The Community and Public Sector Union (CPSU) voted to affiliate to the ALP at the union's March 2-4 national governing council meeting. The enabling motion, heavily amended during the course of the meeting, passed by 42 votes to 12.
Current assistant national secretary Margaret Gillespie voted against ALP affiliation, although she didn't speak during the debate. Gillespie, along with most of the CPSU's national executive, is an ALP member. Two other national executive members, deputy national president Lisa Newman and executive committee member Louise Persse, also opposed affiliation.
Greens member and Environment and Heritage section secretary Neal Hardy argued against affiliation whereas Greens governing council member Jay "JJ" Jermalinski voted for affiliation along with Jason Wood the previous national president of the Australian Democrats.
The enabling motion commits the CPSU to push for policies inside the ALP (termed a "political claim") including: the adoption of the CPSU/Australian Council of Trade Unions' industrial relations policy and a commitment to legislate its introduction; guaranteed access to a minimum 14 weeks' paid maternity leave and guaranteed minimum employer contribution of 15.4% to employees' superannuation for all Commonwealth and territory employees; restoration of the right to union protection in occupational health and safety matters; and a commitment to an independent, apolitical public service.
The final motion was amended to include a sunset clause requiring the council to review affiliation after three years and so affiliation to the Labor Party "need not include every region". CPSU affiliation to the ALP will take place on a state and territory basis, with the executive saying they will directly consult the union's members.
However, even before affiliation the CPSU has joined with other unions to propose an alternative economic vision for Australia at the Labor Party's April 27-29 national conference, which would include banning free trade deals and public-private partnerships.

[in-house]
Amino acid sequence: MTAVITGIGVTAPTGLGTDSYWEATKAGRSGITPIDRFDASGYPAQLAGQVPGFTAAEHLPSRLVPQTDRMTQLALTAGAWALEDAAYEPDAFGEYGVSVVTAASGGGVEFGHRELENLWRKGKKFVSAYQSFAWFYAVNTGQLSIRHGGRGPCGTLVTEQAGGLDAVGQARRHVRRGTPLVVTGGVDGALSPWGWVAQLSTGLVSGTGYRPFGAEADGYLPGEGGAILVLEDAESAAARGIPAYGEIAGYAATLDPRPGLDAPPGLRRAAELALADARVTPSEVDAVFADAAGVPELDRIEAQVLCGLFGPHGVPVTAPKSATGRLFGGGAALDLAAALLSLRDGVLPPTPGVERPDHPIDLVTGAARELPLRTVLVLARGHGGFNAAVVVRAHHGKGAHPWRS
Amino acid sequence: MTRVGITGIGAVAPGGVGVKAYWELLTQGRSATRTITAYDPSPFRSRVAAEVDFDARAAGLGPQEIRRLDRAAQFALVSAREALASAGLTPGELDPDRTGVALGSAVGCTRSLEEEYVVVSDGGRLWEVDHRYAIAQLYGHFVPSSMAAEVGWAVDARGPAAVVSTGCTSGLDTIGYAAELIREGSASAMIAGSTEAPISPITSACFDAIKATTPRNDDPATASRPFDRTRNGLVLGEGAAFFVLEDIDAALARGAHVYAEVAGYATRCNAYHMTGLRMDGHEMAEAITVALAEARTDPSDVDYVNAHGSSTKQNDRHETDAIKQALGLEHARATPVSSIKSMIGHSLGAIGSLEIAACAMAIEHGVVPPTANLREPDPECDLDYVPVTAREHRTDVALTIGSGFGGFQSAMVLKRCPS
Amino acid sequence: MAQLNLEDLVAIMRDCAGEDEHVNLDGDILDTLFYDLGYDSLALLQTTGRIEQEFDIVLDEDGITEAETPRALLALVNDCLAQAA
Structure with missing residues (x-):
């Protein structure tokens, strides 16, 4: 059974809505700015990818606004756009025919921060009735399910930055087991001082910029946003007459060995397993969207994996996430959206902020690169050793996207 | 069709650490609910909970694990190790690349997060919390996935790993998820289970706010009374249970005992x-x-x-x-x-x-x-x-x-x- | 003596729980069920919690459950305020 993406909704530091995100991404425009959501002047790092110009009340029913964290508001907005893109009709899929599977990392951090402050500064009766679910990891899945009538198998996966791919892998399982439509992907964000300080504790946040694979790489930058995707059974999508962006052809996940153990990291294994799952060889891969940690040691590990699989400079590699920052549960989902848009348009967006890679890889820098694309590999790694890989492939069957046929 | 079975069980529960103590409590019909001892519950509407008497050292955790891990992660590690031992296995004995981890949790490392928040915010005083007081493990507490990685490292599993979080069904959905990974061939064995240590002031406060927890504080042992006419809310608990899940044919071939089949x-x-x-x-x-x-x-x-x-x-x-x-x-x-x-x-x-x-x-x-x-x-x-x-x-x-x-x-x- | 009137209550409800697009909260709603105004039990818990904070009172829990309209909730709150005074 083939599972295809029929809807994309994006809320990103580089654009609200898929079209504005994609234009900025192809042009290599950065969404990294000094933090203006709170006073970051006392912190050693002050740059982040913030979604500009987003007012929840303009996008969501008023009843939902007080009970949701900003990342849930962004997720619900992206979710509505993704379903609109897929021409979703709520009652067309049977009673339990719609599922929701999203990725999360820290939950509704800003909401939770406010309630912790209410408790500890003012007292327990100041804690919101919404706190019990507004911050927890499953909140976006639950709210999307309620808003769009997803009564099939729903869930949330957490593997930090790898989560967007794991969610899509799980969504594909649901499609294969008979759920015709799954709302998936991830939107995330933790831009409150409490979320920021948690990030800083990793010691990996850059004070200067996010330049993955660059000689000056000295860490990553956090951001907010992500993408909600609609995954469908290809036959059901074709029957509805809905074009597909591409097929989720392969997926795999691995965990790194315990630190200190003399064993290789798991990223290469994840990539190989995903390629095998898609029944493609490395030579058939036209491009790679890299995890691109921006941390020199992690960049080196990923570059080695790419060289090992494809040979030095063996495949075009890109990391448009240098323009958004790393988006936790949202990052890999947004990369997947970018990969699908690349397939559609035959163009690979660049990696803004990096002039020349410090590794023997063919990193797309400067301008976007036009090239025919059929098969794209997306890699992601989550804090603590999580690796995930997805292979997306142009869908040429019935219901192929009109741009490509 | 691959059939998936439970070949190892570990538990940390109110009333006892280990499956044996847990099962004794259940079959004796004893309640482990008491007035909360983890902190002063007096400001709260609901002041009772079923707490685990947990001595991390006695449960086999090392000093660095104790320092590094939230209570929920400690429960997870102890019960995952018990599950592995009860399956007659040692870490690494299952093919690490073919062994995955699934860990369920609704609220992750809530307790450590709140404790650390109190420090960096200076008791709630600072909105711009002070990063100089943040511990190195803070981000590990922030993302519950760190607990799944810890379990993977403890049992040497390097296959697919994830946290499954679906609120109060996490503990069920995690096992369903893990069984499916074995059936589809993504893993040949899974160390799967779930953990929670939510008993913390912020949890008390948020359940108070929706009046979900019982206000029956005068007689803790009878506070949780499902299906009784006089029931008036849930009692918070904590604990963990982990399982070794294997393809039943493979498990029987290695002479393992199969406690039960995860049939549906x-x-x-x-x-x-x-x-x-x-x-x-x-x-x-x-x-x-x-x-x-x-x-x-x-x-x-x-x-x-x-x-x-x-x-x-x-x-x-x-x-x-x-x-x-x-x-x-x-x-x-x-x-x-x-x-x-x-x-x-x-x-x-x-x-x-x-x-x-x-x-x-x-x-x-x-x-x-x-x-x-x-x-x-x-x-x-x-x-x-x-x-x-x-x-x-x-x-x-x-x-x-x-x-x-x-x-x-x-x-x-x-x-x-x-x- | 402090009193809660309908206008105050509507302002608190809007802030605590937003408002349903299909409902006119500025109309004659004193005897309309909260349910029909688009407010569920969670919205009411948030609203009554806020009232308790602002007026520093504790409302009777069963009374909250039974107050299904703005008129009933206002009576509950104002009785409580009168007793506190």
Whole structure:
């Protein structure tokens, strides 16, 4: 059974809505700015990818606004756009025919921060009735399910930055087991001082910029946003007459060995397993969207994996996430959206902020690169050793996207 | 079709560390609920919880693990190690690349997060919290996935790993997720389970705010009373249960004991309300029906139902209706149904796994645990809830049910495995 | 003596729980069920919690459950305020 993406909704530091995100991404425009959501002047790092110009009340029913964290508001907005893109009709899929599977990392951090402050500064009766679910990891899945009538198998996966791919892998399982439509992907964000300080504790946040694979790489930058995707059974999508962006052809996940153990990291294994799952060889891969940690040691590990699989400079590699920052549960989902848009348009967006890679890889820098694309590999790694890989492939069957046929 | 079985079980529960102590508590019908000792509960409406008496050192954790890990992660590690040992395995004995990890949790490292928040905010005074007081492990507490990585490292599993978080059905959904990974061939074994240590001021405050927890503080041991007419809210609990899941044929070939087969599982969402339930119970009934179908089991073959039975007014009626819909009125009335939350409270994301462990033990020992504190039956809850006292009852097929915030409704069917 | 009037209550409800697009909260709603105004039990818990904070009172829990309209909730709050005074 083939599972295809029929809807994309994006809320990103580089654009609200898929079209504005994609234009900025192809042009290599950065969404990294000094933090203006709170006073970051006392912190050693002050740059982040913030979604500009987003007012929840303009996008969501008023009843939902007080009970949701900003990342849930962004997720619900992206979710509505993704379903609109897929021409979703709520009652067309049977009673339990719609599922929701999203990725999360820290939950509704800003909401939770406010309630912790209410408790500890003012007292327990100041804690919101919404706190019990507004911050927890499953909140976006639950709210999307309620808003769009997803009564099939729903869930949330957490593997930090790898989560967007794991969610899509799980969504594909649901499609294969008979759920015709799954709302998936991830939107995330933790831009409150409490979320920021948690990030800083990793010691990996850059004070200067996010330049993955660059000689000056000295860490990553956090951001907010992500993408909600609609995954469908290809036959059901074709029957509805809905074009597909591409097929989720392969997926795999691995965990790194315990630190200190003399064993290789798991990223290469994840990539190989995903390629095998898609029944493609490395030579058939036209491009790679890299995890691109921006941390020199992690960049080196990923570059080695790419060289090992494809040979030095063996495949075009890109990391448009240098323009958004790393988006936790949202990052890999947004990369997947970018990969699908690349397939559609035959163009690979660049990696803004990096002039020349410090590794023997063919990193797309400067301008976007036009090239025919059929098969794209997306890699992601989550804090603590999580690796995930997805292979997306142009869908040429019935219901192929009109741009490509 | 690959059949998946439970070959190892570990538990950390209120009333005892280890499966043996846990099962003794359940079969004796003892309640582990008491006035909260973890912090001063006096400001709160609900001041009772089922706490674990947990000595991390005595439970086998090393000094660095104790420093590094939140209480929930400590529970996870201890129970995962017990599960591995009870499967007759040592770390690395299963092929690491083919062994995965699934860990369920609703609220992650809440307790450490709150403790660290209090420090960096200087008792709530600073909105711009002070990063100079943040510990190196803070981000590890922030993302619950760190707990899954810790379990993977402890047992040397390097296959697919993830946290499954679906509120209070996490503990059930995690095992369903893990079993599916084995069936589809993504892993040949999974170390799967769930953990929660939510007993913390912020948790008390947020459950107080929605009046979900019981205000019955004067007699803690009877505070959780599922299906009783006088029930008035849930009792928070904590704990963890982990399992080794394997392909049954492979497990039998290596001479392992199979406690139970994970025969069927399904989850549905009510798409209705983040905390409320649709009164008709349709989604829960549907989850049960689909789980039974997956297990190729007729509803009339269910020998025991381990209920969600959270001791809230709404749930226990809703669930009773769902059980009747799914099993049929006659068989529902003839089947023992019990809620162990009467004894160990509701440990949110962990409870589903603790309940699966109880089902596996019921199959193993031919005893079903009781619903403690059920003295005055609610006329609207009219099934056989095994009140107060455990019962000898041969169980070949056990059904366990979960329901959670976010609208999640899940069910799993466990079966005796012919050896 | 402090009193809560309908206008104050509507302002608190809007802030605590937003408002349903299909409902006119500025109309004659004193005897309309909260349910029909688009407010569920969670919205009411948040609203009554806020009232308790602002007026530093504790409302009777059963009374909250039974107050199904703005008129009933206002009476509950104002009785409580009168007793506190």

There will be no changes to affiliation in the current financial year, so the CPSU won't have a bloc of votes at this year's ALP national conference.
The governing council motion also states that prior to any federal or territory election, the CPSU will canvas the policies of all parties and present them to members, and will not recommend that members vote for a particular party.
CPSU national secretary Stephen Jones argued that if the union was affiliated to the ALP, the CPSU would have more influence on the party's policy. This argument persuaded a majority of governing council members to vote for the motion.
The motion to affiliate to the ALP was not widely discussed among members before the vote. If it had been widely known, it is likely that there would have been more vigorous debates on the CPSU's section councils.
When possible ALP affiliation was raised on the tax section council, a vigorous debate was held before they voted not to support ALP affiliation. Tax section representatives voted solidly against ALP affiliation on the governing council.
The tax section delegates' committee at the Box Hill office has since unanimously voted to oppose ALP affiliation and have indicated support for a members' plebiscite on the issue.
Electoral and employment regulation section secretary and Socialist Alliance member Andrew Hall told Green Left Weekly that the national leadership had used a very top-down approach to get its ALP affiliation motion passed. Similar motions have been rejected in the past.
Hall said, "I disagree that affiliating to the ALP will give CPSU members more influence. Over the last two years, it wasn't until the union movement organised mass protests against Howard's IR [industrial relations] laws that the Labor Party came out strongly against them. That's despite most unions being affiliated to the ALP.
"I'm really worried that CPSU affiliation to the Labor Party is going to mean that the Labor Party will influence the CPSU rather than the other way around, especially as [Labor leader] Kevin Rudd seems to be softening the ALP's commitment to tearing up Howard's laws.
"The ALP is the 'alternative employer' for federal public servants. By being affiliated to the ALP, the ALP could get the CPSU to tone down or drop certain industrial demands. This is what happened when the Labor Party was last in government federally."
Hall said it remains to be seen whether the CPSU leadership has a genuine plan for membership consultation regarding ALP affiliation at the state level, especially as the union mostly dismantled its state structures several years ago. Nowadays, it only organises nationally through sections based on government departments.
The CPSU leadership are now likely to tackle ALP affiliation in the easiest states first — South Australia, Australian Capital Territory and New South Wales. Tasmania and Western Australia are to be left until last because of the likely large numbers of CPSU members who support the Greens.